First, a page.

In addition to all the biometric information future wearables should be able to provide, the most sci-fi movie-esque feature of wearables will be the ability to connect you to everything else around you. "You will actually have a shirt and a smartwatch and you’ll enter a room at your work and the wall or your desk is going to know that you’re there," Ildeniz says. "And it’s going to do some certain functions: control the air that you like or it’s going to let your colleagues know you entered a certain room." Surber envisions a similar future. "I see my wearable being my identification," he says. "How I get recognized when I walk into stores, into my house, even into an individual room. I see in two to three years — tops — my house will be largely controlled just by knowing where I am. I go back to Minority Report where they had those eye scanners everywhere and it was tracking you, customizing advertisements to you based on retinal scans."
Getting to this point, though, is still going to take some work on the part of designers. "What I call the projection from dorky, to dorky-chic, to actually wearable," Lopez explains. It’s the aesthetic barriers that are getting in the way of more widespread acceptance. It’s the biggest problem that companies like Pebble are trying to overcome. Pebble’s most recent edition, the Pebble Time Round, is one of the thinnest smart watches to hit the market. It’s actually round, like most traditional watches. To get the watch so thin, Pebble had to sacrifice a bit in the battery department. However, as Wired notes, many people will "gladly trade a little longevity for looks in this case."
"The projection from dorky, to dorky-chic, to actually wearable."
It’s this stylistic problem that companies like VFiles, a retailer with a dedicated (and very active) online community component, are trying to tackle. For the first year ever, VFiles is introducing a wearables category to its crowd-sourced fashion shows. Founder Quay is adamant that designers that will crack the wearable code; not the tech geeks approaching her with ideas for biometric shirts. "For us, we want to know: what color is that thing?" she says. "Does it come in long sleeve? Does it have a collar? Can I zip the collar up? Is it waterproof? So for our community to get into wearable tech and play around with it and experience it, it has to be something that is actually fashionable."
Even a tech giant like Intel agrees with Quay. Intel is sponsoring a new show called America’s Greatest Makers to tap into the minds of creative people. "It is a combination of different factors and people with very different backgrounds who are going to bring new perspectives to how wearables can be worn, what functions they can serve, how beautiful they can look — all beyond the realm of what technology companies can imagine," Ildeniz says. As Quay points out, the biometric tech is just the beginning, saying, "We’ll be able to release t-shirts that are screens, so you could be walking and CNN is playing on your shirt right now. Or you could change the color of your shirt whenever you want, you know you could change the length of your shirt, there’s technology that if you’re cold you can place like three tech pods on your arm and your shirt will grow sleeves."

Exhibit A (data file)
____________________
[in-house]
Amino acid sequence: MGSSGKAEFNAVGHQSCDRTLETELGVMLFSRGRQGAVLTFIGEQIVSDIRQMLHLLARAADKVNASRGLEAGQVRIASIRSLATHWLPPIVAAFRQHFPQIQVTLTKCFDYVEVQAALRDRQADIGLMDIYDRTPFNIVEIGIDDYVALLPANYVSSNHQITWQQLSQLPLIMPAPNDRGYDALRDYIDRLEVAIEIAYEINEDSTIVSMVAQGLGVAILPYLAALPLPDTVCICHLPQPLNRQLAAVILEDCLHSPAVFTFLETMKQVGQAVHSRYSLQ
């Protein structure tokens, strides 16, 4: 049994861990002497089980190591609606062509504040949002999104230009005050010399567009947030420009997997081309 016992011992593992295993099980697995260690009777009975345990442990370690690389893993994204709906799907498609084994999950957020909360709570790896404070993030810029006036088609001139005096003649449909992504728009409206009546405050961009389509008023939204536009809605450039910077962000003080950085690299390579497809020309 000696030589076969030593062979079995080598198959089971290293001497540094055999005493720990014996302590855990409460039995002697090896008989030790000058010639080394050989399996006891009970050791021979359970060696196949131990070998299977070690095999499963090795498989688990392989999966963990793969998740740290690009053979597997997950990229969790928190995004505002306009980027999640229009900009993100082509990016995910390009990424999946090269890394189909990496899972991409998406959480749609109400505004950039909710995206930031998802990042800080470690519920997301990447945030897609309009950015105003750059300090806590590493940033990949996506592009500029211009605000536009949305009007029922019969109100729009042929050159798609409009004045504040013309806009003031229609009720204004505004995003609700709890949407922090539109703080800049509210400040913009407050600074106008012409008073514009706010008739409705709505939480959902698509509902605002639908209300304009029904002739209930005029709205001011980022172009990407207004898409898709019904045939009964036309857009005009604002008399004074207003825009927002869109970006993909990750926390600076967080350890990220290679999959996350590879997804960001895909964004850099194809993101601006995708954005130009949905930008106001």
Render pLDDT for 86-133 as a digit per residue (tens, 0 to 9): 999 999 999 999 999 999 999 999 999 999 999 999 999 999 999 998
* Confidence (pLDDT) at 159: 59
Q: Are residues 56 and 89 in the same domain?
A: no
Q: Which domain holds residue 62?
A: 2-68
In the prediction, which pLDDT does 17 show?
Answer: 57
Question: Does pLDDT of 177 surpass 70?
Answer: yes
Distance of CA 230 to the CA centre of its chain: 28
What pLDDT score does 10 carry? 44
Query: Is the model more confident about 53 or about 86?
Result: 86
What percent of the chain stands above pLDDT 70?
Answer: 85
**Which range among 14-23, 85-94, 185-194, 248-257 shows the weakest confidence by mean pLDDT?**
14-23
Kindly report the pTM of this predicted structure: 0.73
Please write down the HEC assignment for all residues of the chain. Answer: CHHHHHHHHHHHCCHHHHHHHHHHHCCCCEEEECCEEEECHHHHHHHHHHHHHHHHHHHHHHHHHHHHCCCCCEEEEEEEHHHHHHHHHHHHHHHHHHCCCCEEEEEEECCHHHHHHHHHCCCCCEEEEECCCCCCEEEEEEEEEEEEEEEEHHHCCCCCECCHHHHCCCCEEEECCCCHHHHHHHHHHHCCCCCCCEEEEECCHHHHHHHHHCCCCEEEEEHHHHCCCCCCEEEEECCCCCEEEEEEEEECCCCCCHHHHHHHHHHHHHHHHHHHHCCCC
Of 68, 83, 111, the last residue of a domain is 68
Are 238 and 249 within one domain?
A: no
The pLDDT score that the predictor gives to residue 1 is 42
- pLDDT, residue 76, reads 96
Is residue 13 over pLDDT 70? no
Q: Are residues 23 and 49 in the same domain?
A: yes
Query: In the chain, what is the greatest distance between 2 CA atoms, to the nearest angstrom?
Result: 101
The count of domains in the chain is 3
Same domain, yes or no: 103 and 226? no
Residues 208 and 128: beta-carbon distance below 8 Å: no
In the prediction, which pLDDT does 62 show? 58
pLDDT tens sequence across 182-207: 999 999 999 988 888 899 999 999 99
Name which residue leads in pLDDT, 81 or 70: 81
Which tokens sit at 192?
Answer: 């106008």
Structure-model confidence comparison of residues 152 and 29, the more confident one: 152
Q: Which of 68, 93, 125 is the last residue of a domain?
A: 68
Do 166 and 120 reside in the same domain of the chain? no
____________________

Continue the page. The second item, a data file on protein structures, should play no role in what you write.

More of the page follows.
The future of wearables though has probably already been born out of the minds of sci-fi writers and directors who influence pop culture and in turn inspire reality. "It has forever," Surber says of pop culture’s influence. "Look at Star Trek or 50,000 Leagues Under the Sea. That’s essentially the role of sci-fi authors, to envision the way things work." The odds of pop culture playing a role in future wearables are forever in our favor, Quay concurs. "If you watch The Hunger Games, and you watch what people wear in the capital, and you see the wardrobes for that, which are very colorful and uber expressive. I think that — I mean, I know — our approach to wearable tech is going to be along [those lines]," she says.
It’s this marriage of technology, pop culture, and design that will make putting on the wearables of the future as simple as throwing on a T-shirt. "I don’t think technology should stand alone anymore, it should be a part of our everyday lives," Ildeniz says. So before you pop a pill that taste like mom’s meatloaf, hop in your flying car, and meet a virtual personal assistant that you fall in love with, don’t forget to throw on the shirt that will act as the gateway to the interconnected world of 2025.